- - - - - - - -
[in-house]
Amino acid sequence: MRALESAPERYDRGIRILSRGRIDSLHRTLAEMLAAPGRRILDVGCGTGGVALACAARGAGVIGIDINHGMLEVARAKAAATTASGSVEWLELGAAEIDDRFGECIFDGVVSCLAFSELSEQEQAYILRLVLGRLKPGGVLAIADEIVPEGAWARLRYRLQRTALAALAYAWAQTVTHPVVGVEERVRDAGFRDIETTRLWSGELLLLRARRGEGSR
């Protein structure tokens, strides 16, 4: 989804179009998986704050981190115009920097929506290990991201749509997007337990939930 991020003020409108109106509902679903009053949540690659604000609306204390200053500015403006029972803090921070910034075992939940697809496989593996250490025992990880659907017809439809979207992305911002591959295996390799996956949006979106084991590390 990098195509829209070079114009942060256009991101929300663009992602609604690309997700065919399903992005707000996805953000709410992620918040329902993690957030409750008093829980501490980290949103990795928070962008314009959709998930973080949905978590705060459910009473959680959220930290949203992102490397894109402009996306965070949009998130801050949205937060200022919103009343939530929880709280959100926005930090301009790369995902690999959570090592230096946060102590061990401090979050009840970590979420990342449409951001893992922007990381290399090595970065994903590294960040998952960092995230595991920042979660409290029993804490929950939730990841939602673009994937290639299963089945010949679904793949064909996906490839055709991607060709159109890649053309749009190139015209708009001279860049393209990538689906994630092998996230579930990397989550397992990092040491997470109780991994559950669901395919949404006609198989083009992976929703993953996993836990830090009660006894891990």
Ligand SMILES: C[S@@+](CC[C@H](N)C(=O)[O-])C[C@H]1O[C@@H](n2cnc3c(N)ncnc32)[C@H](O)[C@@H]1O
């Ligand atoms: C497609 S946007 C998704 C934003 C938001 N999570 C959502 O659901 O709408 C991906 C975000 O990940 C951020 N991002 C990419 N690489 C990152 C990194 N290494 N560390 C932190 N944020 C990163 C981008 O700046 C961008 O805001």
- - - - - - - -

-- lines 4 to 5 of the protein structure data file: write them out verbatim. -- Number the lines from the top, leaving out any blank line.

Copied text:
Ligand SMILES: C[S@@+](CC[C@H](N)C(=O)[O-])C[C@H]1O[C@@H](n2cnc3c(N)ncnc32)[C@H](O)[C@@H]1O
């Ligand atoms: C497609 S946007 C998704 C934003 C938001 N999570 C959502 O659901 O709408 C991906 C975000 O990940 C951020 N991002 C990419 N690489 C990152 C990194 N290494 N560390 C932190 N944020 C990163 C981008 O700046 C961008 O805001």